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NRL clubs renew talks with Grant

AAP logoAAP 5/12/2016 Laine Clark

Queensland Rugby League boss Peter Betros believes "common sense will prevail" and NRL clubs will abandon plans to oust Australian Rugby League Commission chairman John Grant on December 20.

Betros revealed had had spoken to NRL clubs campaigning for Grant's retention and been encouraged by the response ahead of this month's emergency general meeting.

There were more good portents on Monday night.

Disgruntled NRL clubs announced that they had returned to the negotiation table with Grant over a funding stoush.

"I hope that (December 20) meeting is cancelled and I believe it will be," Betros told AAP.

"I believe common sense will prevail.

"I am encouraging the warring parties to sit down and settle their differences and find some amicable agreement and not tear ourselves apart.

"Chopping John's head off doesn't solve any problems, simple as that."

Funding talks had been postponed indefinitely just last week after clubs called for the emergency meeting in a bid to get rid of Grant.

The ARLC boss had been desperate for clubs to return to the negotiation table after falling out with them by reneging on a 12 month old funding agreement.

He recently withdrew a memorandum of understanding which pledged an extra $100 million per year to clubs from 2018.

"Representatives of the clubs and the ARLC met today and agreed to continue discussions to resolve the current impasse," NRL clubs said in a statement on Monday night.

Betros now hoped renewed talks would also lead to the December 20 meeting being abandoned.

Clubs require a minimum 14 votes from the game's 26 shareholders - the 16 clubs, NSWRL, eight commissioners and the QRL represented by Betros - to remove Grant at the meeting.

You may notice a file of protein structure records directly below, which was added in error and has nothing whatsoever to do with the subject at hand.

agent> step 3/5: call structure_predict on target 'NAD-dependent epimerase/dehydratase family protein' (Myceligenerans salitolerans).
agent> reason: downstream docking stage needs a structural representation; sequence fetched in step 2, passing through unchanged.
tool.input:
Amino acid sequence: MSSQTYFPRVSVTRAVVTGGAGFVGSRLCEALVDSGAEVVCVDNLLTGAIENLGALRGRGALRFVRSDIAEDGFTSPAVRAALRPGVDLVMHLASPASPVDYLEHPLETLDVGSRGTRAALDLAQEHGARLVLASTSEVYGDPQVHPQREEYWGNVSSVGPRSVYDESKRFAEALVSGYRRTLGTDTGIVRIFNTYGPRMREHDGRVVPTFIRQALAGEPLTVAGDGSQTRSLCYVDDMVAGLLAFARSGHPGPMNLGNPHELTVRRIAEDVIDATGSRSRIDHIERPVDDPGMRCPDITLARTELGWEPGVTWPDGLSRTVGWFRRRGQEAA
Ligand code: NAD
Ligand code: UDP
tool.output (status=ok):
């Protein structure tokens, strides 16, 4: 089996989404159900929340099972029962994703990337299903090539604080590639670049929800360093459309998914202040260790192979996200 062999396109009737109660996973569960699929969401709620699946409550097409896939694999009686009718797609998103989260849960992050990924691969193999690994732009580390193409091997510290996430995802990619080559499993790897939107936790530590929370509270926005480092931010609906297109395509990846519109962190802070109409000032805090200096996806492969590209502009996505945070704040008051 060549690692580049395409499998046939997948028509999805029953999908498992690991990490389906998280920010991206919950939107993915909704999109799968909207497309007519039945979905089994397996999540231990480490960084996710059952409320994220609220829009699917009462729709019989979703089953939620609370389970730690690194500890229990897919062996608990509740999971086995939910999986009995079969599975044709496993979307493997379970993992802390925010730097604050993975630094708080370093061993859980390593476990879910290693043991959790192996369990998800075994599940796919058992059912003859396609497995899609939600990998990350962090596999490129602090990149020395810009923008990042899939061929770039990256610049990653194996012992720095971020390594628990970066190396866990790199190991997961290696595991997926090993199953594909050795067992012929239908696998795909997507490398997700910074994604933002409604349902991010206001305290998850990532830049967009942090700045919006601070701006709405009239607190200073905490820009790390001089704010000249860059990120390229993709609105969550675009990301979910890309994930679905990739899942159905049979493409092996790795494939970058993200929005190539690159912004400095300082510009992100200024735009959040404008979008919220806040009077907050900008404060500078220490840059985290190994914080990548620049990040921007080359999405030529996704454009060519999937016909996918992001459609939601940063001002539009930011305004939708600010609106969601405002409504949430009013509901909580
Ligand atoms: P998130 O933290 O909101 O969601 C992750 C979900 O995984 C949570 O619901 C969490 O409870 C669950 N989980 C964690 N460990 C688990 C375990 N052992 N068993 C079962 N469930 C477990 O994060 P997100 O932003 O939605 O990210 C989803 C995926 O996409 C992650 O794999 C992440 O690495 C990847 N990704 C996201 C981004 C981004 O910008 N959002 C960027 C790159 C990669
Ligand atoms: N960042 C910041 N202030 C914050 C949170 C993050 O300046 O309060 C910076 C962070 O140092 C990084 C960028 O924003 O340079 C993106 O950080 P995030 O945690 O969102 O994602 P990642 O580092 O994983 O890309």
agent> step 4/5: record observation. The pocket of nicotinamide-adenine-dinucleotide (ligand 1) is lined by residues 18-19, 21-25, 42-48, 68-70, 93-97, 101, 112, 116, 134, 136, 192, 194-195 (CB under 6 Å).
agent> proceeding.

Fourteen clubs, excluding the NRL-owned Gold Coast and Newcastle, signed a letter to the ARLC backing the emergency meeting.

Betros said NRL clubs had been perceived as "greedy" at grassroots level over their stance.

"I don't know if it is personal," Betros said.

"I just think this desire to control the money is clouding some clubs' view.

"I think the clubs are just looking for someone who is more attuned to their desires.

"It's the club ideology of us first and everyone else comes later.

"I mix in league circles a lot below the NRL level and there is a great perception that the clubs are being very greedy and selfish."

Betros believed the most important people in the game had been overlooked in the disgruntled NRL clubs' funding stoush - grass roots footy.

Grant reneged on the funding promise in a bid to renew a grassroots footy focus after citing a decline in participation.

"I acknowledge that the NRL brings in the funding for the game but there is an enormous amount of grass roots football that comes underneath," Betros said.

"It is responsible for the next players coming through - it's got to be protected."

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